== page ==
Edward Wilmott Blyden (1832-1912)

Edward Wilmott Blydon (1832-1912) Edward Wilmott Blyden (1832-1912) ‘… was an Americo-Liberian educator, writer, diplomat, and politician primarily in Liberia. He also taught for five years in Sierra Leone, and his writings were influential in both countries…’

James John Garth Wilkinson was the first person (Hollis R. Lynch, Edward Wilmot Blyden: Pan-Negro Patriot, 1832-1912, (Oxford University Press, 15 Sep 1970). Page 82) to dedicate a book to Edward Wilmott Blyden, the Liberian Minister to England, as a sequel to Edward Wilmott Blyden’s Christianity, Islam and the Negro Race (Edward Wilmot Blyden, Christianity, Islam and the Negro Race, (Black Classic Press, 1888)).

As a result, Edward Wilmott Blyden gave a ‘… very remarkable speech…’ to the Annual General Meeting of the Swedenborg Society (Richard Lines, A History of the Swedenborg Society 1810-2010, (www.lulu.com, 2012). Page 75) in 1892, and ‘… spoke eloquently about the campaign for the abolition of the slave trade and the part played in that campaign by early Swedenborgians, and then about Islam in Africa and the role Swedenborg’s writings could play in furthering relations between Christians and Muslims…’

Edward Wilmott Blyden subsequently wrote (Edward Wilmot Blyden, Letter to J J G Wilkinson, (On the publication of The African and the true Christian religion, his “magna charta”, a study in the writings of Emanuel Swedenborg, 1892)) to James John Garth Wilkinson upon the publication of his The African and the true Christian religion, his magna charta. A study in the writings of Emanuel Swendenborg.

Edward Wilmott Blyden is in both of James John Garth Wilkinson‘s address books at Sierra Leone, West Africa (Swedenborg Archive Address Book of James John Garth Wilkinson dated 1895. See also Swedenborg Archive Address Book of James John Garth Wilkinson ‘Where is it’ dated 1.10.1892). Continue reading Edward Wilmott Blyden (1832-1912)

Henri Boiron (1906-1994) and Jean Boiron (1906-1996)

Henri Boiron (1906-1994)Henri Boiron (1906-1994) and Jean Boiron (1906-1996)Jean Boiron (1906-1996) (*photos used courtesy of Homéopathe International by Sylvain Cazalet at PHOTOTHÈQUE HOMÉOPATHIQUE) wer French homeopathic pharmacists who founded the famous Boiron Company.

From http://boiron.ca/en/about-boiron/who-are-we/ ‘… Boiron was founded by twin brothers Jean and Henri Boiron, both pharmacists with keen scientific minds and an indomitable entrepreneurial spirit. Here are a few milestones that have shaped Boiron’s history over the years: In June 1932, René Baudry [Rene Baudry], a highly respected pharmacist specializing in the manufacture of homeopathic medicines and founder of the Laboratoire Central Homéopathique de France in Paris, hired Jean and Henri upon their graduation from university. One year later, René and Henri started working on developing the Paris laboratory, renaming it Les Laboratoires Homéopathiques Modernes (LHM), while Jean took over development operations at the company in Lyon, known as the Pharmacie Homéopathique Rhodanienne (PHR). The three laboratories merged in 1967 to form the group of Boiron Laboratories. The 1970s saw the creation of several regional establishments throughout France.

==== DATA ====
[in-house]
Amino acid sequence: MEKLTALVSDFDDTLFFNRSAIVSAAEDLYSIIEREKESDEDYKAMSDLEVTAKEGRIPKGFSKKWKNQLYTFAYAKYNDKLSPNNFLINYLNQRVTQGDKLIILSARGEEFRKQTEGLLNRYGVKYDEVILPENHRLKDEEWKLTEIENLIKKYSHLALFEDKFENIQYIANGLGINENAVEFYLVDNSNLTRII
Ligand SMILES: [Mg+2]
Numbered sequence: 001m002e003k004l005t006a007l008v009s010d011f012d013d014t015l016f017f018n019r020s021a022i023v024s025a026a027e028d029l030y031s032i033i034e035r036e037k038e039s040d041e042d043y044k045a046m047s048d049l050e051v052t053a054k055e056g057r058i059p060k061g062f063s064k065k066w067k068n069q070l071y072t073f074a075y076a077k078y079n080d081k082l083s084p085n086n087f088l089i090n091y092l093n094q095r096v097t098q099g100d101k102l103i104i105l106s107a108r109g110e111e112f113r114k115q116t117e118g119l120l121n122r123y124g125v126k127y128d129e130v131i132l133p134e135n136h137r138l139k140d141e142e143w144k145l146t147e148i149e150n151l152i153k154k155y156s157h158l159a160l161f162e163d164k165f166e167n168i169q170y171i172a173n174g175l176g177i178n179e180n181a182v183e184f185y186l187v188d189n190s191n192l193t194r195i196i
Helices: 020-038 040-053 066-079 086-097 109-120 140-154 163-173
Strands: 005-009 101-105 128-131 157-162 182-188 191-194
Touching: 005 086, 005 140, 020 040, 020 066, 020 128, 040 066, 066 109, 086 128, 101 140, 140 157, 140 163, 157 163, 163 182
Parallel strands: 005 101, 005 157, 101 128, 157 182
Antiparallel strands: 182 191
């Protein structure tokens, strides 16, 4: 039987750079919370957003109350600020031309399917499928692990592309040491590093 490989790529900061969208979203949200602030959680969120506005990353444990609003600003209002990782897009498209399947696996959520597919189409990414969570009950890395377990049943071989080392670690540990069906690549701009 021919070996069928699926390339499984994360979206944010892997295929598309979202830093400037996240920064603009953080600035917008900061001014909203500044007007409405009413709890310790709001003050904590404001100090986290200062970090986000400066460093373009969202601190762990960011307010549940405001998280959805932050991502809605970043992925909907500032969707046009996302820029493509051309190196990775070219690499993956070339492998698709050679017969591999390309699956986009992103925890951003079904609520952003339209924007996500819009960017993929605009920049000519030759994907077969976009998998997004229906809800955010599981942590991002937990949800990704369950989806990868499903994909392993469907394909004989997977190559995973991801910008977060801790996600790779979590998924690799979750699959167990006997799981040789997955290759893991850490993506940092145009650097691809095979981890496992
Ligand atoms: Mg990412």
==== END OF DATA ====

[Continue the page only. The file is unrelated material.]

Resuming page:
In 1979, Boiron’s first foreign facility was set up in Italy, placing Boiron firmly on the international stage. Although Boiron has grown in leaps and bounds, we have never strayed from our founding principles and our dedication to developing and constantly fine-tuning a wide range of homeopathic medicines. Today, there are 4,000 people on the Boiron team. We have 23 foreign subsidiaries, operate 5 production facilities and distribute our products in more than 100 countries… The adventure continues… Boiron Canada was established in 1988 in order to better cater to the needs of Canadian health care professionals and patients who choose homeopathic care...’

Isaac Pitman (1813-1897)

Isaac Pitman (1813-1897) knighted in 1894, developed the most widely used system of shorthand, known now as Pitman shorthand. He first proposed this in Stenographic Soundhand in 1837. Pitman was a qualified teacher and taught at a private school he founded in Wotton under Edge – The British School. He was also the vice president of the Vegetarian Society.

Isaac Pitman was an advocate of homeopathy (Benn Pitman, Sir Isaac Pitman: His Life And Labors, (reprinted by Kessinger Publishing, 1 Dec 2004). Page 89) and vegetarianism. He was an active member of the Anti Vaccination movement, as was his younger brother Henry Pitman (1829-1909)* (William White, The Story of a great delusion in a series of matter-of-fact chapters, (E.W. Allen, 1885). Page 544). Continue reading Isaac Pitman (1813-1897)

Jacob Bright (1821-1899)

Jacob Bright (1821-1899) was a British Liberal politician.

Jacob Bright was on the General Committee of the Manchester Homeopathic Institution (Anon, The Homeopathic Medical Directory of Great Britain and Ireland, and annual abstract of British homeopathic serial literature, (Henry Turner, 1871). Page 115).

Jacob Bright’s brother John Bright was associated with Richard CobdenJohn Epps, and George Wilson in the formation of the Anti Corn Law League.